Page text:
Holding a rally to celebrate that you sent your people home safe is also minimal effort. Your people are supposed to go home safe. That’s the law. You’re not allowed to do less than that. But are you hosting a protest when something goes wrong and someone gets hurt? You should be angered by the thought of one of your valued people getting hurt. It should create a cause, a movement, a protest to shine light on that thing that gets people hurt and needs to be eliminated.

Are the corporate priorities cutting it in safety?

While your company may have a mission statement, a vision statement, and seven priorities, rarely can anyone, outside of the authors of these statements, recall any of it. But employees can certainly remember:

  • We don’t do complacency here.
  • Good-enough is not good enough with me.
  • Safety will not be compromised - not on my watch.

When there is so much competition with so many priorities to remember, getting your people to rally around safety alone is tough. Safety is only one of many priorities.

Instead of getting your people to rally in favour of safety, consider doing these three protest things:

  1. Get them fired up against apathy, complacency, poor quality, a half-hearted effort, disengaged employees, and a "good-enough" attitude. All of these things put your people at risk. And while your organization may be in favour of safety, you must also be willing to stand up against the things that threaten their safety.
  2. Create a list of behaviours and attitudes your team will not stand for. That should become the mission for the team and the measurement they give each other for whether they are on-track. Then you can build a movement toward stamping out complacency, apathy, minimal effort, disengagement and good-enough attitude.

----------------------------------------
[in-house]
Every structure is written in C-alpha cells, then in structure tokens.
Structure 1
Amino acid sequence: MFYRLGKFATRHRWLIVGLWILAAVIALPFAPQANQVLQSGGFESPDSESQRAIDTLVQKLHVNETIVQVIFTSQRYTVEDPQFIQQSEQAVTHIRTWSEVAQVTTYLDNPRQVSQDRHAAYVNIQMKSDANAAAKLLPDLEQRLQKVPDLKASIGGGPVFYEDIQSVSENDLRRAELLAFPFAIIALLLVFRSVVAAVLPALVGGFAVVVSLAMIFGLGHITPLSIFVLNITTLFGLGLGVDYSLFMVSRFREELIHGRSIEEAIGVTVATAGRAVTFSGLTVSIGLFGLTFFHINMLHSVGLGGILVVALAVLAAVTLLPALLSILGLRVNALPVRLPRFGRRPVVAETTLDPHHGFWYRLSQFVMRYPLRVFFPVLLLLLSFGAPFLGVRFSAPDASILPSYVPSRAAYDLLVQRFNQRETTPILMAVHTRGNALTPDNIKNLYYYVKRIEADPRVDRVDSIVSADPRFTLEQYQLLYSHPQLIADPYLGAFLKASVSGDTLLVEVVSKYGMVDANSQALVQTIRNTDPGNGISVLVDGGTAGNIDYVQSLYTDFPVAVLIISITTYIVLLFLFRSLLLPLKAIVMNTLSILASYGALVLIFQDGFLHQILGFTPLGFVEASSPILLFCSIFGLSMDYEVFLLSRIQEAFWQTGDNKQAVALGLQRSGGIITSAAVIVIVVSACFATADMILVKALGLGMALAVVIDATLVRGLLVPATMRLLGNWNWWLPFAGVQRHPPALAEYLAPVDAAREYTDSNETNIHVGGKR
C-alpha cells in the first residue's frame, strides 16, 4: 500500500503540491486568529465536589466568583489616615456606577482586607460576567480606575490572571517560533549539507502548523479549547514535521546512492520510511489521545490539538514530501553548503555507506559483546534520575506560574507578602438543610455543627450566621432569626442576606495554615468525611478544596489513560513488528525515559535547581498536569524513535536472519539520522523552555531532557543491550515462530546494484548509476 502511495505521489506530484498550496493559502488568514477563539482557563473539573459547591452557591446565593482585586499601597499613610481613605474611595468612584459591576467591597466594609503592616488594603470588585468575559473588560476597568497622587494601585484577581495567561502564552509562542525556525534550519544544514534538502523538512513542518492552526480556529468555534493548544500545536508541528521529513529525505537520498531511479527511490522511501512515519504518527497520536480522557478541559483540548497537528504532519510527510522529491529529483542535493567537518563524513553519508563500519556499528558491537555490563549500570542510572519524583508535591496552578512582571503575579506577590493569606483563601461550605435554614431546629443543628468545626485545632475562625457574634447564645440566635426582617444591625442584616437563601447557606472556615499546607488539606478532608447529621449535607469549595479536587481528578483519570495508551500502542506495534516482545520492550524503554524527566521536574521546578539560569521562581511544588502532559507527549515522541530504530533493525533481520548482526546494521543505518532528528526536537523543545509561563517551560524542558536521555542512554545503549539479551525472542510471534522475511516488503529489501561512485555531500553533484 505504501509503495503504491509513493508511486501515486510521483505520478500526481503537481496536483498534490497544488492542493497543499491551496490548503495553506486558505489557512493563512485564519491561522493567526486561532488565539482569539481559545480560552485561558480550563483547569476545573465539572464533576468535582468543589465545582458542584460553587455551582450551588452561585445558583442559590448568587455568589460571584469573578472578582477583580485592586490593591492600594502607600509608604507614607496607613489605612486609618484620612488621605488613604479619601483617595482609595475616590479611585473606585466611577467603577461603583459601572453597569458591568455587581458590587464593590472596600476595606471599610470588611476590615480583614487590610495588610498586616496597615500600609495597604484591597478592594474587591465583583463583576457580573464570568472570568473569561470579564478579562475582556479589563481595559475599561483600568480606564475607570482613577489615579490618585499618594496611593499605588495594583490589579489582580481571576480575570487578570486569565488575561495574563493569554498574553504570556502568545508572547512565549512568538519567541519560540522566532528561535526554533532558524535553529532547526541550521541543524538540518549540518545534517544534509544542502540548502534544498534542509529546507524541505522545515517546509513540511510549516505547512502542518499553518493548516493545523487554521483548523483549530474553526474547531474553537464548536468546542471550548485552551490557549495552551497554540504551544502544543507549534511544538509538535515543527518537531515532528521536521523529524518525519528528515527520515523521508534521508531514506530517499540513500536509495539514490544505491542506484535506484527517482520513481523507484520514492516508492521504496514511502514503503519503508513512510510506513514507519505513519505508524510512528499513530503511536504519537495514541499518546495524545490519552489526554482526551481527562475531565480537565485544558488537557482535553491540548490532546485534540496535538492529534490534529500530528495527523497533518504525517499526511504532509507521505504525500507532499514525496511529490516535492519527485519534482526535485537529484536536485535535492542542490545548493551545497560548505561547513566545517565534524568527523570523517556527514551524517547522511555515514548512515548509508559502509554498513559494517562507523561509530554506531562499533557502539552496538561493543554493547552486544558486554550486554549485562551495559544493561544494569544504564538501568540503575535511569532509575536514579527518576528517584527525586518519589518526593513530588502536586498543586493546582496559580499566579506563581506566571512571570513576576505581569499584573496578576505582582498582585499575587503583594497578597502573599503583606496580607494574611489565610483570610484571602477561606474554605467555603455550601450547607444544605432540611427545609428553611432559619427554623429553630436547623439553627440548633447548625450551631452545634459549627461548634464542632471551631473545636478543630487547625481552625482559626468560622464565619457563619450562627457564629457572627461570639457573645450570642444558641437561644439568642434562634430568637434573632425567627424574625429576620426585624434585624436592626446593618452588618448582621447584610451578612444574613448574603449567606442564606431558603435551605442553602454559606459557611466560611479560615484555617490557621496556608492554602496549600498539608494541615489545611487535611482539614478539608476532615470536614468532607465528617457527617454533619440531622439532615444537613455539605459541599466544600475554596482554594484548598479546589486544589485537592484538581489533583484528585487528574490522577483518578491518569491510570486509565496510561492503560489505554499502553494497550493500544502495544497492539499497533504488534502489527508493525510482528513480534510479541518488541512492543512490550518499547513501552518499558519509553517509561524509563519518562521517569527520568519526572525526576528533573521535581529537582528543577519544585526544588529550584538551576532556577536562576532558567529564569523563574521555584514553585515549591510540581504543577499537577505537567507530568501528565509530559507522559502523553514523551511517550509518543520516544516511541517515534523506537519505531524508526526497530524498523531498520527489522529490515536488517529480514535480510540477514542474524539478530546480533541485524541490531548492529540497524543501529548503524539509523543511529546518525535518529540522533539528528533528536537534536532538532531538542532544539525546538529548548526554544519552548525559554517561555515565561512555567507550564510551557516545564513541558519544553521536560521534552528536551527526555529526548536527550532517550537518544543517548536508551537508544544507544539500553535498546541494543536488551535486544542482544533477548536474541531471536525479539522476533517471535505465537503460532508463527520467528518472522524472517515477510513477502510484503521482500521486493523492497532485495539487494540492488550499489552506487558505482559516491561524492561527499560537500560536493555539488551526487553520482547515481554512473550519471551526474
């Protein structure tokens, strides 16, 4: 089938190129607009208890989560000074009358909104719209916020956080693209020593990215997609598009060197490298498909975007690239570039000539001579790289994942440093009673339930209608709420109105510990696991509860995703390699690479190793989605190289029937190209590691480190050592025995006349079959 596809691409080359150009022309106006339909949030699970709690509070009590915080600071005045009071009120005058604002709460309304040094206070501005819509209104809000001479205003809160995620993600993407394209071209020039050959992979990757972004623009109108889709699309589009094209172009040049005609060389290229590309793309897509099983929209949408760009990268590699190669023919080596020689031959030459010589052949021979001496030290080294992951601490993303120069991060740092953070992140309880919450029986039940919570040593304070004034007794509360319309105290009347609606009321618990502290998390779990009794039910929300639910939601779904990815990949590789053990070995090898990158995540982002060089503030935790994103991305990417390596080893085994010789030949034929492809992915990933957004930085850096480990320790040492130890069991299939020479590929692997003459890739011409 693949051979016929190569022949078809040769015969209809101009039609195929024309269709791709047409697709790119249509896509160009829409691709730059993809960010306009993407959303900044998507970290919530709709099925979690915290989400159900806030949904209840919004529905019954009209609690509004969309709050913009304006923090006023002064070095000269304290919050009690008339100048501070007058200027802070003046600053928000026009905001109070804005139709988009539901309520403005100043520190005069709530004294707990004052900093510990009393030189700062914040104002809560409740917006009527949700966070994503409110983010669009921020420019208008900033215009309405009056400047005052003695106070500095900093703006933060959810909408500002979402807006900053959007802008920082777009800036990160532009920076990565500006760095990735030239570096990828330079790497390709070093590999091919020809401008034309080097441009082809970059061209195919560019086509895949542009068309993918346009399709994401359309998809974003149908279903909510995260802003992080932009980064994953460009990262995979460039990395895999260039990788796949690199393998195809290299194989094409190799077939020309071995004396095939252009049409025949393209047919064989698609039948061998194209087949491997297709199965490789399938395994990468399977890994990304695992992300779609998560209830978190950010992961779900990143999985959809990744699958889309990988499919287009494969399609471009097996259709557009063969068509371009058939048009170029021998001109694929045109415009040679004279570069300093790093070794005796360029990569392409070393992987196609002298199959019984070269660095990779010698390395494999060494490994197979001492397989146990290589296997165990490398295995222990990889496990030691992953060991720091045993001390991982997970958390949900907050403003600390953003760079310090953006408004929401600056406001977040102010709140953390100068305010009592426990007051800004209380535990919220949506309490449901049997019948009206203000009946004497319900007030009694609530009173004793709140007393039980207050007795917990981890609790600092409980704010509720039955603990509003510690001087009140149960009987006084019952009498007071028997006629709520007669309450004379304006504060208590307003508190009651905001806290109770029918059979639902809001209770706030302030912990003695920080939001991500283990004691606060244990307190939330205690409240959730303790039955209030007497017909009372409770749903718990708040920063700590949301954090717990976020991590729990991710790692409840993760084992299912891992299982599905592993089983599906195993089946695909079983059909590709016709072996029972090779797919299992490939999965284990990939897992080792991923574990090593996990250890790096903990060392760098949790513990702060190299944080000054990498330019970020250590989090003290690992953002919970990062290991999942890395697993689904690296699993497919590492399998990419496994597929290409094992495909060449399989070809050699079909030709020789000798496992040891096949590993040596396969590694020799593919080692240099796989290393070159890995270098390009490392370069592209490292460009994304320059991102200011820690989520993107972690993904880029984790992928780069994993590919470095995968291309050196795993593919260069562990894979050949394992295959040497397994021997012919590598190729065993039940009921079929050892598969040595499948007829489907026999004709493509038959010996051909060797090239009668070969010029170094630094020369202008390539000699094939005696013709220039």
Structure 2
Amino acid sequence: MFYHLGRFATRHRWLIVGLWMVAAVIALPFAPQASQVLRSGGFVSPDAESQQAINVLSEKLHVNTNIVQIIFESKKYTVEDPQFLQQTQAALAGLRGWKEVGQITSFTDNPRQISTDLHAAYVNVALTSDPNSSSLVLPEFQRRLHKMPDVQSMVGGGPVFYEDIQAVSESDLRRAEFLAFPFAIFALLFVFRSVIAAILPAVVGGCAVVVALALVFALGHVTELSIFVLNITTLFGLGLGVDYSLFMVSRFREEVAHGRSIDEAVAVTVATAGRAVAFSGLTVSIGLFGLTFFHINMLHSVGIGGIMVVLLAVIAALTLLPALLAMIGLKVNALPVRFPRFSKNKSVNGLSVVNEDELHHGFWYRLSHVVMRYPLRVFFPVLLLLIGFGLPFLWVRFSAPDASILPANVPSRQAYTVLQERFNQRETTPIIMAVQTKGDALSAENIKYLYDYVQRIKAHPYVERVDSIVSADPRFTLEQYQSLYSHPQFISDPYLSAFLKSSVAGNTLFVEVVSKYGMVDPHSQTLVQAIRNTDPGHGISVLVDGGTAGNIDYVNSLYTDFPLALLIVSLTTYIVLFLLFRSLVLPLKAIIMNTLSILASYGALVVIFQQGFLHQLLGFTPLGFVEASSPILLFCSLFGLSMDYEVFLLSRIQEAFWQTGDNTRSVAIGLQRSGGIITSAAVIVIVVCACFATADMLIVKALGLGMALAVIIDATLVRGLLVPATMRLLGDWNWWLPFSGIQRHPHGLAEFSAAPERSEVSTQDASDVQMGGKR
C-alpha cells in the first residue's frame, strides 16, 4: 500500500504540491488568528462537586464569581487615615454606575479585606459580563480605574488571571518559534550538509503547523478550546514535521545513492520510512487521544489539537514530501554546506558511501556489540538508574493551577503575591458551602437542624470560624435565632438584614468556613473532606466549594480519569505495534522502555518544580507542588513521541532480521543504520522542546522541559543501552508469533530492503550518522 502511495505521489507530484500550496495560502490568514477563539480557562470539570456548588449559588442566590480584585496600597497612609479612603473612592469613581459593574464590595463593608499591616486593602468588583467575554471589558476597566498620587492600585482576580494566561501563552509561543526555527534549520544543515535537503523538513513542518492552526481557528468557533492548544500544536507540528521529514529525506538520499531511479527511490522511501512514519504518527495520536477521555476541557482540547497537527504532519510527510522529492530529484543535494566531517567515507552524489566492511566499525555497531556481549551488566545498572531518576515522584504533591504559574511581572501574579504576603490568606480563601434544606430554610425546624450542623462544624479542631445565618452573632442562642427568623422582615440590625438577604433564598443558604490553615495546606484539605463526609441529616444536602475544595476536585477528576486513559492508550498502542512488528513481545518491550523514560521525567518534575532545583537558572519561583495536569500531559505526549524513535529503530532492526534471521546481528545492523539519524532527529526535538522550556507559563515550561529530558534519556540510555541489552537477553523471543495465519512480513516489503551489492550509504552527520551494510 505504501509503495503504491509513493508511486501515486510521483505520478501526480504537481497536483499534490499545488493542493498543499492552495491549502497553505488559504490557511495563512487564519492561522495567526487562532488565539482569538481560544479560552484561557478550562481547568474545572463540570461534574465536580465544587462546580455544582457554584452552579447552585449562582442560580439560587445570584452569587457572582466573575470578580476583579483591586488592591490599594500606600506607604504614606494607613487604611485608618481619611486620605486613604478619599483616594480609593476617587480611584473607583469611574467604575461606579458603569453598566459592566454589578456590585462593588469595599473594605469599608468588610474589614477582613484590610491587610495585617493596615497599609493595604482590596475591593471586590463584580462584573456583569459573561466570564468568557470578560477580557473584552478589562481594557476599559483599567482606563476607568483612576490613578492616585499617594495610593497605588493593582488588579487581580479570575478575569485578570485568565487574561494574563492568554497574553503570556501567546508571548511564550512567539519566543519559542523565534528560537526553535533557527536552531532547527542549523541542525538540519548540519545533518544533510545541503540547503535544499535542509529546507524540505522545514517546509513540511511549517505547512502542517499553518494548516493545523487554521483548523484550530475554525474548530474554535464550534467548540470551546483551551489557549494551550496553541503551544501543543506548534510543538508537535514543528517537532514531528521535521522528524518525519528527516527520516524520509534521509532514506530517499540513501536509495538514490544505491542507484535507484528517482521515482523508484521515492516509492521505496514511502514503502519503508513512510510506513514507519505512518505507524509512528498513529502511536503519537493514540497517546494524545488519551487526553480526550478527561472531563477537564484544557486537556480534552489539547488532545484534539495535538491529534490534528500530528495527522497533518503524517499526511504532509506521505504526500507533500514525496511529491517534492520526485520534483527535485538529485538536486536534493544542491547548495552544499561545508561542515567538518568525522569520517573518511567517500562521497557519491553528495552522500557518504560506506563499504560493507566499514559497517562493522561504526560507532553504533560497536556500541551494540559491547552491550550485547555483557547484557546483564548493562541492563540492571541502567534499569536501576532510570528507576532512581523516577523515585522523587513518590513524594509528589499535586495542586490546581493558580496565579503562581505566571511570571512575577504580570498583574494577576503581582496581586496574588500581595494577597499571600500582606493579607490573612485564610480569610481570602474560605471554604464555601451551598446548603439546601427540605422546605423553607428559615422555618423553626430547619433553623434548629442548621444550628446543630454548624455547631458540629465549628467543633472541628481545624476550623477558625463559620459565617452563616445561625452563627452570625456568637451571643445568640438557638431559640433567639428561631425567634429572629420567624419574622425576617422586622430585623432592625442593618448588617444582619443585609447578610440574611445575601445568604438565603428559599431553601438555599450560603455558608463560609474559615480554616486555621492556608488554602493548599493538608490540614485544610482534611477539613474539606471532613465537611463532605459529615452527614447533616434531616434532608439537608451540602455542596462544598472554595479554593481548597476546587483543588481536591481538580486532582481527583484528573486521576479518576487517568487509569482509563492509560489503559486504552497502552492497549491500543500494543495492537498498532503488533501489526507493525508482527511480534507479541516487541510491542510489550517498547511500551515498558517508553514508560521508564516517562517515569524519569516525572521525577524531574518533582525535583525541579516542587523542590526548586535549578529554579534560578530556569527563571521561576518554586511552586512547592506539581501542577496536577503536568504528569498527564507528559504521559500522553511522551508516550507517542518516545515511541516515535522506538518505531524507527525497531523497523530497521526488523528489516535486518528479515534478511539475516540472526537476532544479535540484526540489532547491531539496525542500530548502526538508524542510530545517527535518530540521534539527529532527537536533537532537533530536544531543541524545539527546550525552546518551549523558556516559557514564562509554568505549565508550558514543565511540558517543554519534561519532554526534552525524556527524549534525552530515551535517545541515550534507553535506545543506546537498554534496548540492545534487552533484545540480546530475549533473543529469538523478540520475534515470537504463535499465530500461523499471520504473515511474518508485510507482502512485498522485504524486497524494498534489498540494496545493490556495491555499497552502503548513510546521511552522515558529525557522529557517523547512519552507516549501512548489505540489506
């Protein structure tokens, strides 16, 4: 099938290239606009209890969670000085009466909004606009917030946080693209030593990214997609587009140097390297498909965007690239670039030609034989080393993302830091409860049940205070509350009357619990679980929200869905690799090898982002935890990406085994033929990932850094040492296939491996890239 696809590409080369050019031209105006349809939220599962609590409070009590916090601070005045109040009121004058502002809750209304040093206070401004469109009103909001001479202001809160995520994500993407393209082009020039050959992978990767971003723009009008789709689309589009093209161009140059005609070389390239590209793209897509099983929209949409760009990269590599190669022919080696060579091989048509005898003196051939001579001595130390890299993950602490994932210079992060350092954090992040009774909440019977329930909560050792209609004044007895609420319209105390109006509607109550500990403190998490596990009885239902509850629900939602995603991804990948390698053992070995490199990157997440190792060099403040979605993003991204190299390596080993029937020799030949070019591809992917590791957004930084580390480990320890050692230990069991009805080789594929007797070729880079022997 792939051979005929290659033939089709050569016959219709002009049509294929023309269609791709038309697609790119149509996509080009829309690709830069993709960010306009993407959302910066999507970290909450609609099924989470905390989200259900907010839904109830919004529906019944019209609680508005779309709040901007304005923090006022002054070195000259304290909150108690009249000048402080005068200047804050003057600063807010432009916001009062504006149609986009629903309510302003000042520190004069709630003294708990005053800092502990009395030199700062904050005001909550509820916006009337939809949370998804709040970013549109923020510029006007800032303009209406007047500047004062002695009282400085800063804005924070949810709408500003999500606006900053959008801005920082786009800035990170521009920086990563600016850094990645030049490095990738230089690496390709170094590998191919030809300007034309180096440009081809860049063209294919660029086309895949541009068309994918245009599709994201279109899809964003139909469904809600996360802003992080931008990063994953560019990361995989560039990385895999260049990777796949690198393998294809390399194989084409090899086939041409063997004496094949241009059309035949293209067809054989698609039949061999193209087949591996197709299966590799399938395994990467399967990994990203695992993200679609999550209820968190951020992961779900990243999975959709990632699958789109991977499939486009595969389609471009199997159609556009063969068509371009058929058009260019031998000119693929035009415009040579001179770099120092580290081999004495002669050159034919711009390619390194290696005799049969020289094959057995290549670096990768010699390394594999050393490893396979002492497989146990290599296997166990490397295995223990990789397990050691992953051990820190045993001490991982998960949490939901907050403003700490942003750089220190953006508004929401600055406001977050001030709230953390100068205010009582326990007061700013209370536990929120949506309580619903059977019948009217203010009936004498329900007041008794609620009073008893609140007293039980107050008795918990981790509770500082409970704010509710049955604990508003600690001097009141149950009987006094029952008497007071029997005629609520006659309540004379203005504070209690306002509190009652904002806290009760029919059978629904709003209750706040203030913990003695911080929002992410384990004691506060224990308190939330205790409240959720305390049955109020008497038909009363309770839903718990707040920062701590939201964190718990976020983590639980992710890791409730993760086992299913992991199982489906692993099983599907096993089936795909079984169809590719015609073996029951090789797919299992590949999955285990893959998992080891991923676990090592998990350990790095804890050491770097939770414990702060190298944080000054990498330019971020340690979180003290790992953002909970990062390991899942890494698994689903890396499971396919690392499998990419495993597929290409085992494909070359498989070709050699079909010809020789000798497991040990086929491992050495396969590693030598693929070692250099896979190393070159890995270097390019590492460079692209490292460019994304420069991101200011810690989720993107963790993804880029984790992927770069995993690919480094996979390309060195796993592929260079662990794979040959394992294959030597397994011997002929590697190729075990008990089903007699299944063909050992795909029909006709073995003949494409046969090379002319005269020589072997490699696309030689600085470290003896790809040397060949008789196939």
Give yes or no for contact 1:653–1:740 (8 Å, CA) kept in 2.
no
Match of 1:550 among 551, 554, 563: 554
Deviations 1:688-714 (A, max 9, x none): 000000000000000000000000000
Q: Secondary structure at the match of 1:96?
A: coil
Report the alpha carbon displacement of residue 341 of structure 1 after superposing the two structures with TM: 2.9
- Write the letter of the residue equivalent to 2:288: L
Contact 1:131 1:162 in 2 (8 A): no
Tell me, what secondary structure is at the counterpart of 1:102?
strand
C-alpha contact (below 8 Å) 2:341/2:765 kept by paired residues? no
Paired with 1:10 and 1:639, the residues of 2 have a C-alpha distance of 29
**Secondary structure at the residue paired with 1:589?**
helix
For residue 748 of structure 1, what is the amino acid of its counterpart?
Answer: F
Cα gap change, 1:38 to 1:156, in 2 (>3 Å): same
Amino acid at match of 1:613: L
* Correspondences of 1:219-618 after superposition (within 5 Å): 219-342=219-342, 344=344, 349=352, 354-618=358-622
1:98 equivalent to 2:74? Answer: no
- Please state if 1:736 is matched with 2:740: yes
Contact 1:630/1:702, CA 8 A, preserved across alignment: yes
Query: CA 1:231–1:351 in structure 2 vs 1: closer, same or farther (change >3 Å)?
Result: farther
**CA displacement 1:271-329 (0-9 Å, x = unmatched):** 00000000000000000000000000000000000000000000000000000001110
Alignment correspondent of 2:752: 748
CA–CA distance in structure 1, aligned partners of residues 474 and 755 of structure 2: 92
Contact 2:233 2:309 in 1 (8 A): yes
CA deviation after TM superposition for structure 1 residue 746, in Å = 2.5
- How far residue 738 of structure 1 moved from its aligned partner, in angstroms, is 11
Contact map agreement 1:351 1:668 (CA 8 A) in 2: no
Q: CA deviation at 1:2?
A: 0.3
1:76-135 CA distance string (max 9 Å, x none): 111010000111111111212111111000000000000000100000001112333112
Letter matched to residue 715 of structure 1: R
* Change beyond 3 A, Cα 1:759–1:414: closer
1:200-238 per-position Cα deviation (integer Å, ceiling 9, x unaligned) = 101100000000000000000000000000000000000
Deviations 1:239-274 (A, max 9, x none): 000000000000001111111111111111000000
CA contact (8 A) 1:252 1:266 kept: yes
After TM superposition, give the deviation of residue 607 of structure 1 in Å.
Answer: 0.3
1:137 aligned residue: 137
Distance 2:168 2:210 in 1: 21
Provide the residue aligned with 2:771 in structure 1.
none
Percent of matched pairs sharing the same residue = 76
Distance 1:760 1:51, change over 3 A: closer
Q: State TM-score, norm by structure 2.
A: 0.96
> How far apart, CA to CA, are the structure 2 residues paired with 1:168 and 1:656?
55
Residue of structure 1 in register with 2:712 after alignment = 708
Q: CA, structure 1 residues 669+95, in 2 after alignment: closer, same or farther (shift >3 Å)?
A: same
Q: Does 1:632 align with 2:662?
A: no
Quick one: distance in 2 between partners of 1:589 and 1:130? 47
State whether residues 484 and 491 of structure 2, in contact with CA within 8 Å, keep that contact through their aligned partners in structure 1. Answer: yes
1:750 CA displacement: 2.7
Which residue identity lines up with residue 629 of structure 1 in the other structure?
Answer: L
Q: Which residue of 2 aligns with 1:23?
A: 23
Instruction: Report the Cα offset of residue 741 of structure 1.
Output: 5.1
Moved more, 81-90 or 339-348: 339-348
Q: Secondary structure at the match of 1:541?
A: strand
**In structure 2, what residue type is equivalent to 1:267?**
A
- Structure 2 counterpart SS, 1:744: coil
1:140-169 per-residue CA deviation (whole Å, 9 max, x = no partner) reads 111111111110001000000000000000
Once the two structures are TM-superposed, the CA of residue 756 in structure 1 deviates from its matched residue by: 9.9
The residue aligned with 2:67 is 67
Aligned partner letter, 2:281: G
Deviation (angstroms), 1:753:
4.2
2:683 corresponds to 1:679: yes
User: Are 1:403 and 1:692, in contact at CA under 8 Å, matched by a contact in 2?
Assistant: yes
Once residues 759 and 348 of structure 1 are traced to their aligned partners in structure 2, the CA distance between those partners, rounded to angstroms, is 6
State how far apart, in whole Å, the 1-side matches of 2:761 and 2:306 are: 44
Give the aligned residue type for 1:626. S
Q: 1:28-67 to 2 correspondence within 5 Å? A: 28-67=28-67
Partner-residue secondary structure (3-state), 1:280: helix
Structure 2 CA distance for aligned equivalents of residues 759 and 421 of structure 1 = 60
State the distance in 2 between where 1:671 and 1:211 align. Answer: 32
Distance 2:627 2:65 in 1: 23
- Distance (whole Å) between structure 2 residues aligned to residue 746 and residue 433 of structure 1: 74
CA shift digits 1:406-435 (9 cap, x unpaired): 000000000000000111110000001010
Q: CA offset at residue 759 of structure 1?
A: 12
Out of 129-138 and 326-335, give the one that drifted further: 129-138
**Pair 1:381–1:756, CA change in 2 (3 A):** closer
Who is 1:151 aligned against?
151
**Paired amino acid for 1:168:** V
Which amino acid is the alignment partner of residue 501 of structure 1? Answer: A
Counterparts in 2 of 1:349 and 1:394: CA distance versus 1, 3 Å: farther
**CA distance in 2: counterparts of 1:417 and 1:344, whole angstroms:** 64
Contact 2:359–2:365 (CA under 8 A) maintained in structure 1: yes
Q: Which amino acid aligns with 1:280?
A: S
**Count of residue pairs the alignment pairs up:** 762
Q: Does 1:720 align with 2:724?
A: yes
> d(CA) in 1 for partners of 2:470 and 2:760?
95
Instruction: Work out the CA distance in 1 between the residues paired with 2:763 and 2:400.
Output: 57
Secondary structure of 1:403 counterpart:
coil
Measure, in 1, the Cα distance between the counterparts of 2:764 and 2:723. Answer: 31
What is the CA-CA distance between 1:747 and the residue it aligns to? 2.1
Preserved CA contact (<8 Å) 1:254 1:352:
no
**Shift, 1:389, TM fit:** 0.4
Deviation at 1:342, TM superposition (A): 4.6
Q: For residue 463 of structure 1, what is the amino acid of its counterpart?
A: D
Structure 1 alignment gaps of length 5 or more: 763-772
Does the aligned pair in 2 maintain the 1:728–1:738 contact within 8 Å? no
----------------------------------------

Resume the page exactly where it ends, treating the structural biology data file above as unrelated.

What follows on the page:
3. Get the participation of everyone. Do not let only a few senior members of the organization create this list with the expectation to push it down to your people to accept. Employees will protest the list (likely in secret and harbouring resentment) because they had no hand in it. An effective protest is centered in values and emotion. Give your people the opportunity to determine the things they want to stamp out and you will find they are more willing to get behind it.

Build a movement to rid your workplace of the insidious threats to safety, and you remove the barriers to effortless safety performance. Rallying in favour of safety is one thing. Standing up against the threats to safety is quite another. Unify your team in a common cause.

Kevin Burns, consultant and author, works with smart, caring companies to energize safety culture, build teamwork, and get employee buy-in. Kevin is on a mission to help employees purposefully care about the work they do and to actively look out for the people they do it with. He is the author of, PeopleWork: The Human Touch in Workplace Safety - the book that is changing how companies do safety. He is based in Calgary, Alberta.

(c) Can Stock Photo / aaronamat

Topics: safety leadership, safety culture, kevin burns safety videos, safety culture hearts and minds, safety hearts and minds

New call-to-action